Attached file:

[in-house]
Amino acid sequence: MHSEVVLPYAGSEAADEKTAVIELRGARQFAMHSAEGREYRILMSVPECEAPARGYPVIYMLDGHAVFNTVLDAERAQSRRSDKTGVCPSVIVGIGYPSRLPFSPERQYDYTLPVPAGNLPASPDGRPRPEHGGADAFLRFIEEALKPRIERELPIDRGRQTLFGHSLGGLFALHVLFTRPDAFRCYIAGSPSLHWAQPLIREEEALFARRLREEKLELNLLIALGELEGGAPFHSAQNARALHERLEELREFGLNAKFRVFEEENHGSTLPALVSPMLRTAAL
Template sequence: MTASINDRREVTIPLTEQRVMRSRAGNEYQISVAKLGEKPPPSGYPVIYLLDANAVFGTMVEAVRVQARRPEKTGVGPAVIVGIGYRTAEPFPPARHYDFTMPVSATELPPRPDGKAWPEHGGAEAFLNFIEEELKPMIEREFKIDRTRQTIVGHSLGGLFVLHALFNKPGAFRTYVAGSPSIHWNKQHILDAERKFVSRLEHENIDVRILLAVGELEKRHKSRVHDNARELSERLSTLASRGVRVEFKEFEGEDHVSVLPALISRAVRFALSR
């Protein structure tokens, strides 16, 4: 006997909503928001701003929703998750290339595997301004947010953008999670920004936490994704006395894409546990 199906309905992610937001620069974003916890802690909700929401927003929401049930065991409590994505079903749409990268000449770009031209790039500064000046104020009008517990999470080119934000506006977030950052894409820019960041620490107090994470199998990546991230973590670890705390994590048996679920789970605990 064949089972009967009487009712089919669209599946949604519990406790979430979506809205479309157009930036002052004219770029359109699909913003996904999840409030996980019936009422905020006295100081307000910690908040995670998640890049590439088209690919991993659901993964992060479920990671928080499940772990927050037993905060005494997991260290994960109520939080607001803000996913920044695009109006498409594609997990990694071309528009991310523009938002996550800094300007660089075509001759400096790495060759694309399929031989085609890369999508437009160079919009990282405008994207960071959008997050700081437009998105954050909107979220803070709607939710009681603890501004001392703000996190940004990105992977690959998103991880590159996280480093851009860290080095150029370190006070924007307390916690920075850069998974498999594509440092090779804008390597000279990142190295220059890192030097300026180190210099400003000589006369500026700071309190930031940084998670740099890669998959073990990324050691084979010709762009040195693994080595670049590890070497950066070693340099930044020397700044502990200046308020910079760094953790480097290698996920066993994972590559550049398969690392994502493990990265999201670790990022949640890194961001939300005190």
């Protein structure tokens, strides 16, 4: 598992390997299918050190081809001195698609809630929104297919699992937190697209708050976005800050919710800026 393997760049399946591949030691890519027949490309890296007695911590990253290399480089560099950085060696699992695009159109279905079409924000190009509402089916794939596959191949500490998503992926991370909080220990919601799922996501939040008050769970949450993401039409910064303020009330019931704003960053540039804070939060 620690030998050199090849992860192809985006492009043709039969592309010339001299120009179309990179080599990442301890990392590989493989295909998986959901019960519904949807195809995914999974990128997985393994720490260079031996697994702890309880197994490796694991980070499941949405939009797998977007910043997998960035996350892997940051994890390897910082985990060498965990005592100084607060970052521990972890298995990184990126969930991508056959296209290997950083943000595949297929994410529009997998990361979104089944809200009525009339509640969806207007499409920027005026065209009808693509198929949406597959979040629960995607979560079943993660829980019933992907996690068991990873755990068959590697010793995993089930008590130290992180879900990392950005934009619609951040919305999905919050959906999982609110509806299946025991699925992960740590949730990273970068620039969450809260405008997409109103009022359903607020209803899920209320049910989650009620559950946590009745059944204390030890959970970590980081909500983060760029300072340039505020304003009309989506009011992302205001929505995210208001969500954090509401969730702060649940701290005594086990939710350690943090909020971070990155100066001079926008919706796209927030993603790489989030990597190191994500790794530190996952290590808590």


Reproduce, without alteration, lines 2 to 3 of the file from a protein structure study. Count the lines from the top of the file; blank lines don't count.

Amino acid sequence: MHSEVVLPYAGSEAADEKTAVIELRGARQFAMHSAEGREYRILMSVPECEAPARGYPVIYMLDGHAVFNTVLDAERAQSRRSDKTGVCPSVIVGIGYPSRLPFSPERQYDYTLPVPAGNLPASPDGRPRPEHGGADAFLRFIEEALKPRIERELPIDRGRQTLFGHSLGGLFALHVLFTRPDAFRCYIAGSPSLHWAQPLIREEEALFARRLREEKLELNLLIALGELEGGAPFHSAQNARALHERLEELREFGLNAKFRVFEEENHGSTLPALVSPMLRTAAL
Template sequence: MTASINDRREVTIPLTEQRVMRSRAGNEYQISVAKLGEKPPPSGYPVIYLLDANAVFGTMVEAVRVQARRPEKTGVGPAVIVGIGYRTAEPFPPARHYDFTMPVSATELPPRPDGKAWPEHGGAEAFLNFIEEELKPMIEREFKIDRTRQTIVGHSLGGLFVLHALFNKPGAFRTYVAGSPSIHWNKQHILDAERKFVSRLEHENIDVRILLAVGELEKRHKSRVHDNARELSERLSTLASRGVRVEFKEFEGEDHVSVLPALISRAVRFALSR